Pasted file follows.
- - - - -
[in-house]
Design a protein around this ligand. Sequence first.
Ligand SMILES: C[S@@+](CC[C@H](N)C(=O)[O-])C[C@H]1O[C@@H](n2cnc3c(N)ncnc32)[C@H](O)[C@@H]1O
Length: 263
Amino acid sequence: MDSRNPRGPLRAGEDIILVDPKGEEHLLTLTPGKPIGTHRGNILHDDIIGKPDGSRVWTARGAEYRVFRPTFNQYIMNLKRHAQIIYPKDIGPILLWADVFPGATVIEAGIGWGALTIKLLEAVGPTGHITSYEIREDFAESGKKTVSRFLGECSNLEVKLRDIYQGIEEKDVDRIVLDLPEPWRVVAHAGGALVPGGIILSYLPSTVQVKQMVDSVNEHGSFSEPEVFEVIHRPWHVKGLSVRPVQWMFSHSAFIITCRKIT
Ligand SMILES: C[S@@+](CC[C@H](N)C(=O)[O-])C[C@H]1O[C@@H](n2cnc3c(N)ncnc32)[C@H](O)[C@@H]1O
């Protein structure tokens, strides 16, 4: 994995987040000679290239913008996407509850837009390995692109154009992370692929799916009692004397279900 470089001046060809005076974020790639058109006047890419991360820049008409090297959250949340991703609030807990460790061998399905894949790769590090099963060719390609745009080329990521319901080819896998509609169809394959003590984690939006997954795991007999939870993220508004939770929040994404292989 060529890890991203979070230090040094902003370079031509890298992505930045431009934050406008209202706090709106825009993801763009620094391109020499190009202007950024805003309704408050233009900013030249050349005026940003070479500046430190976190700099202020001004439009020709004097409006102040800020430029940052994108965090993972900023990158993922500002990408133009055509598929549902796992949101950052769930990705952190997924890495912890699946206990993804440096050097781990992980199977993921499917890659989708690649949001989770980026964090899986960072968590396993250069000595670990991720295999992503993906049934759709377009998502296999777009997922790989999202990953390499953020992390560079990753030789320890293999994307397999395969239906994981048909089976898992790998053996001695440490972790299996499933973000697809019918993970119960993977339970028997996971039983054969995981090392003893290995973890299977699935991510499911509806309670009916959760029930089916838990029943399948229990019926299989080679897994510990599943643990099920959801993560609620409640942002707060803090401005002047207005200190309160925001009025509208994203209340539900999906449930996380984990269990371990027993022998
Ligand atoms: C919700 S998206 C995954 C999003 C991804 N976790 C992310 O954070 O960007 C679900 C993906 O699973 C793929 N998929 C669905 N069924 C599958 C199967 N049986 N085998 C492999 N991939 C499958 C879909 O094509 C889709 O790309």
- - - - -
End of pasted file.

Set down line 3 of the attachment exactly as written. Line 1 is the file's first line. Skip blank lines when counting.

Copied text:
Ligand SMILES: C[S@@+](CC[C@H](N)C(=O)[O-])C[C@H]1O[C@@H](n2cnc3c(N)ncnc32)[C@H](O)[C@@H]1O